Sermon by Pastor Dan Woodman
What Is God Calling Me To Do?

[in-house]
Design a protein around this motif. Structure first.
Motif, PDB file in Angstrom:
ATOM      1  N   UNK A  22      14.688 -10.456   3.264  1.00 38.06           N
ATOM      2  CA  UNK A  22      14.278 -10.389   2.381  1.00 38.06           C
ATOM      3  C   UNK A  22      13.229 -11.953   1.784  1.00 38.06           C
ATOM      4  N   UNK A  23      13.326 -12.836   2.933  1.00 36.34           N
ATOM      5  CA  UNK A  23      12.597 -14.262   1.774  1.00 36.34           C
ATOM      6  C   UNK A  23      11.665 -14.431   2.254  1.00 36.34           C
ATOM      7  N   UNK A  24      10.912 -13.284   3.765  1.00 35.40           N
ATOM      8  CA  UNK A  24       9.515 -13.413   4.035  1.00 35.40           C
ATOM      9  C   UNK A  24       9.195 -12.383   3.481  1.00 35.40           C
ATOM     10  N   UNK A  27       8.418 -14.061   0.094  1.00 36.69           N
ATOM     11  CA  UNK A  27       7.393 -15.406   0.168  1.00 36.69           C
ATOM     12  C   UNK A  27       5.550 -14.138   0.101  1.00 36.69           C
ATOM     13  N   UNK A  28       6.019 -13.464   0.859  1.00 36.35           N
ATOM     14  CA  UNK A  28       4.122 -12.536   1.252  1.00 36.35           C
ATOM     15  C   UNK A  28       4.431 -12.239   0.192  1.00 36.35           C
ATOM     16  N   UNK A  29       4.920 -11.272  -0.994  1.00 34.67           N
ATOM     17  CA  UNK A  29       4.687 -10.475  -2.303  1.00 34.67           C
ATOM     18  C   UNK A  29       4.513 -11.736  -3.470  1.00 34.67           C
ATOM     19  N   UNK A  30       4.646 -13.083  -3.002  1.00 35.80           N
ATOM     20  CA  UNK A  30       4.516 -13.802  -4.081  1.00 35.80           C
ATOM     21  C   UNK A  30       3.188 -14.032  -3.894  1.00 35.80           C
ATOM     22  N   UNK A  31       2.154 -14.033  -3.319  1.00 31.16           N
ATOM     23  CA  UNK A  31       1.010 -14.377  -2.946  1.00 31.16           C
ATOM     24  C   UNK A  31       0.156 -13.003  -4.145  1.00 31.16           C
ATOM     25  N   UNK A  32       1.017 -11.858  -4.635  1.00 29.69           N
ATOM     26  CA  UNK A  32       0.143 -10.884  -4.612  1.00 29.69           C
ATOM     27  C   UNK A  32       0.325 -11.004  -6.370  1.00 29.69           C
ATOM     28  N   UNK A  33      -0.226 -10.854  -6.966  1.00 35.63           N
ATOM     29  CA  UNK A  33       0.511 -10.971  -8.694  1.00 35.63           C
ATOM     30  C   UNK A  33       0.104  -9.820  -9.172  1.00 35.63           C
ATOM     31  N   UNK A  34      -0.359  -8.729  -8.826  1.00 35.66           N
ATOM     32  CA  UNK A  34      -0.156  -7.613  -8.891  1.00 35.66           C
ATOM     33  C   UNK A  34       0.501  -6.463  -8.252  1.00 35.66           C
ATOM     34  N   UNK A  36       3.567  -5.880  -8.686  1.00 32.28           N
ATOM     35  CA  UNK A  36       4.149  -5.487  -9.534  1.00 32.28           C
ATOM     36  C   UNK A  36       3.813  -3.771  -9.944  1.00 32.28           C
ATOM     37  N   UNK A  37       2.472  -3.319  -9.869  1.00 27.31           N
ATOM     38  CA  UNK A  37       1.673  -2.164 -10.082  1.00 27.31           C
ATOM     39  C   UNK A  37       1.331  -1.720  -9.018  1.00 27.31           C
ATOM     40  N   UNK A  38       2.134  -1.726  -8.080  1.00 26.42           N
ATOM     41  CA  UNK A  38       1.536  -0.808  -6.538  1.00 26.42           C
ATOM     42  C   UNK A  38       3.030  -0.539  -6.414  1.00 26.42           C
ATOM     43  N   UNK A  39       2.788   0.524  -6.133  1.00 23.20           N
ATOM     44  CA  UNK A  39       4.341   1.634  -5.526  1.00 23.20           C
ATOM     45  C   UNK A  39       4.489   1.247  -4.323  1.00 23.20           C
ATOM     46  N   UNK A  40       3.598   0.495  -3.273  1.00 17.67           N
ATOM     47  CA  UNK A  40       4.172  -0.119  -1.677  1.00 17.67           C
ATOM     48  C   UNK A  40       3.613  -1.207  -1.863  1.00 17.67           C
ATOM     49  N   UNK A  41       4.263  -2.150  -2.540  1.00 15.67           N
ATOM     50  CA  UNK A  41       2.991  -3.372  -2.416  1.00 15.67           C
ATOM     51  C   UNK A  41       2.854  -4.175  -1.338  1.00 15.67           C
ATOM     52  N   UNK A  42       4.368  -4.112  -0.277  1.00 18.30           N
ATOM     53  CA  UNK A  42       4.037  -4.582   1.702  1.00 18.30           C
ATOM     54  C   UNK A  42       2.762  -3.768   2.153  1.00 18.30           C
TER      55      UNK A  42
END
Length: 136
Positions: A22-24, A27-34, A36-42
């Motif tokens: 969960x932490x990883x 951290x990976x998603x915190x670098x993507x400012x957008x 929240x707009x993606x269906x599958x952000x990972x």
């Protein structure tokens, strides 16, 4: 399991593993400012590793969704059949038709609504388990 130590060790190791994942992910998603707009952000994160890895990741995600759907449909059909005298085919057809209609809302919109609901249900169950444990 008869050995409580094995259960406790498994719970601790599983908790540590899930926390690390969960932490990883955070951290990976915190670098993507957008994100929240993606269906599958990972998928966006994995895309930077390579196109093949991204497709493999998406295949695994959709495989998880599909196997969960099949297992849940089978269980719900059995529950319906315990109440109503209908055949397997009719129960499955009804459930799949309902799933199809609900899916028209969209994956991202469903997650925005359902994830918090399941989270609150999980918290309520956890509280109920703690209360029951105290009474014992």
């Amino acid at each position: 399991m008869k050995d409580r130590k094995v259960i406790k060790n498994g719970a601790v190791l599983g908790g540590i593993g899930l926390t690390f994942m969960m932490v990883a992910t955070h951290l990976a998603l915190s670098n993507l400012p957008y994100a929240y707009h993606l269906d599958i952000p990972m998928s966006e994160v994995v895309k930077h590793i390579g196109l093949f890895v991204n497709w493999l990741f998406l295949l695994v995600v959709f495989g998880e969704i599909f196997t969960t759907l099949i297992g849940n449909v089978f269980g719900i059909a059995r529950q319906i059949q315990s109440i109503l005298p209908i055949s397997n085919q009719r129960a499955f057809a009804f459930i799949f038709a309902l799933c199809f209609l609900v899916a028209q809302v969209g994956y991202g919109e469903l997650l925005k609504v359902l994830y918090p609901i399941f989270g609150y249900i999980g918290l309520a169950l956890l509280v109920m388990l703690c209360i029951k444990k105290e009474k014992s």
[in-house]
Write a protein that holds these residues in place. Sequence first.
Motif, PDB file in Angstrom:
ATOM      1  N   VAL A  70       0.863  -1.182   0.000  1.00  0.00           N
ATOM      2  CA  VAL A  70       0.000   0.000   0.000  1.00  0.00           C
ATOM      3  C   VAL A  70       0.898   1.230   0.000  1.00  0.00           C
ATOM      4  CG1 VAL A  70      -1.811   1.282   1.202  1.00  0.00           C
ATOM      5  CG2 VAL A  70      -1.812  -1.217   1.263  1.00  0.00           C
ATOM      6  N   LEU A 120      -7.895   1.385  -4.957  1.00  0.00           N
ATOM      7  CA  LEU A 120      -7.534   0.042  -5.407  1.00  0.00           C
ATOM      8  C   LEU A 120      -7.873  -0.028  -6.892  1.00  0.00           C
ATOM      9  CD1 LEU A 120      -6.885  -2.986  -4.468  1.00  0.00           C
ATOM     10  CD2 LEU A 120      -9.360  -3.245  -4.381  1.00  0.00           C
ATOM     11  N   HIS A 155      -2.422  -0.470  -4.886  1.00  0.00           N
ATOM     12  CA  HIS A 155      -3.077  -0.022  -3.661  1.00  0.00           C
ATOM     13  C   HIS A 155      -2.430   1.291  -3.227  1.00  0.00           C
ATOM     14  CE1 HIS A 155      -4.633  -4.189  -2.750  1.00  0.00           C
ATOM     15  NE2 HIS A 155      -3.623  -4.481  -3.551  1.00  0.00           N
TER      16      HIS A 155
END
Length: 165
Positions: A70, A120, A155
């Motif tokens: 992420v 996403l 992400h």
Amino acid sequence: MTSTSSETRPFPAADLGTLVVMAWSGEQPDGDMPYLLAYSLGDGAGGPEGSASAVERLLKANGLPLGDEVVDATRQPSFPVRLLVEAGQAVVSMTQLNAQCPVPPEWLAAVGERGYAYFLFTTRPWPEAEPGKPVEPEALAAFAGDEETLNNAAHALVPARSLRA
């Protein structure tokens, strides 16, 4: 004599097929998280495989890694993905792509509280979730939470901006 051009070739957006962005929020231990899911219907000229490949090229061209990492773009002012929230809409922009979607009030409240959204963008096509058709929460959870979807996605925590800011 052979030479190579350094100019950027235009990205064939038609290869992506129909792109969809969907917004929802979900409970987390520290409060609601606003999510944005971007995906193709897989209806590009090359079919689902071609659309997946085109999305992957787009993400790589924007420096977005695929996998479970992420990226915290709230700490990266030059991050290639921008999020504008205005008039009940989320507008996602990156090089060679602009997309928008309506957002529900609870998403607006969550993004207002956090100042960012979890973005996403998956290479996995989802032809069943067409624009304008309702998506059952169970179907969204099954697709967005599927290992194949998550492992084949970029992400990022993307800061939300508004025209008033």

This is the third and final message on the series of three questions that was posed to us by Kelly Gallagher, the head of the UCC Central Association, to consider as we reflect on how to make the best use of our sabbatical time together. The physical and emotional distance that we have from Charley provides opportunity to be more objective about how we identify ourselves as a community of believers and as individuals. Charley is asking himself these same questions while he is away. It will be great to compare notes in October. The question we considered two weeks ago is “Who am I?” Last week it was “Who is my neighbor?” This week it is “What is God calling me to do?” Not one of these questions can be answered fully without considering the other two. They depend on each other and are integral to each other in framing our personal and our corporate identity as we try to open ourselves to who God created us to be and what is the plan God has for our life. These three questions interrelate. Just like the three persons of the Trinity interrelate, and it gives me the chance to use my favorite seminary word: Perichoresis. It’s a Greek word which means mutual indwelling. It defines the nature of the trinity as mutually dependent and independent at the same time. Maybe it’s a stretch to apply it to our three questions but it gives me a chance to show you how smart I am. In any event each of the questions helps us to think about the others. We talked about “Who am I” in the context of how we might discern who it is God created us to be. We were created in God's image, and God has a plan for each of us. But, from the moment we are born we pick up patterns of behavior and influences from those around us. We try to differentiate ourselves from our environment but it's hard. It begins with our parents as we subconsciously pick up patterns of behavior and attitudes that are passed down from generation to generation. As we mature we try to figure out who we are through trial and error. And, we all go through lots of trial and errors. That is, unfortunately the way it is meant to be. But as we continue to differentiate and discern, and as we become more intimate with our true selves, that is when we are happiest. That is where we are as we more perfectly reflect our own sacred God-created image. In talking about “Who is my neighbor” we reflected on the difference between boundaries and barricades. Boundaries are important. Boundaries are essential, in fact. They protect and define our individuality. Boundaries exist for a host of good reasons. Boundaries make good and healthy neighborness. But barricades are a product of our own creation. We erect them both consciously and subliminally. We defend them oftentimes without even knowing why we are doing it! Barricades prevent us from engaging with our neighbor. I suggested a strategy of deploying our own “personal permeable membrane” that would allow us to filter our encounters with others. We have the ability to control how we engage. We can figure out how to honor that which is holy and common between us. And, we can prevent the negative elements of fear, mistrust, anxiety, and prejudice from getting in the way. So today's question of “What is God calling me to do,” is a natural extension of the first two questions. I firmly believe that each one of us has a calling. We are created for a purpose. Figuring that out is part of the fun in life. Ok, maybe fun is the wrong word but I think exciting might work. But I clearly acknowledge that frustrating and confusing work pretty well, too. So, how do we figure out God's intention for us? Where do we look for the answer? Here again, just like the other questions, it’s a process. It’s a journey of trial and error. And it’s a journey that can take a very, very long time. But throughout this journey we are constantly learning. Information is pouring in to our consciousness and our sub consciousness constantly. And it demands that we look both inward and outward. We all have the gifts to be able to direct this data; channel it, analyze it, and act on it. For some people it can take a long time. I mentioned before how it took me almost fifty years to settle in to what I understand God’s call for me is. Do I regret that I did not get here sooner? No, I would not change a minute of any of my life experience. All of that stuff has been fundamental in making me who I am today. Am I happy with what I’m doing now? You bet. Do I feel like I wasted time in getting here? No way. I am the happiest I have ever been because I feel aligned with what I understand to be God’s purpose for my life. It just took a while. But I don’t think I would be where I am without embracing all that has been part of my journey. And, there has been some pretty hard stuff. But it is all necessary stuff; stuff from which we learn. So, it’s taken me a while. But, for some folks it can happen a lot faster. I don’t think there is any explanation or formula for that other than it is all part of the mystery that is God’s plan for each of us. For some people it can be while they are young. We witnessed that very thing this morning as we celebrated the blessing and honoring of DJ’s name. He knows at 18, knew at 16 even, who he was. He has courageously embraced who he is, who God created him to be, and, I believe, trusts in God’s plan for his future. And, that’s the thing. God’s plan for us, God’s call to us, is in no way stagnant. It is vital, it is alive, and it can change. God’s call to us can be different tomorrow than what it is today. It can be different in five minutes from what it is right now. Again, that is part of the beauty and mystery of The Plan. The trick is we must be open to it. We open ourselves to it by going inward and outward. We search inwardly with prayer, as we quiet our mind and open the ears of our heart as we listen. Will we hear it as plainly as Samuel? Maybe. We search outwardly through engaging with others. It’s that trial and error thing again. It takes some risk but it is oh so important. We are meant to engage and learn from each other; to help each other on their own individual path. Helping others helps us in our discernment as share our journeys of discovery together.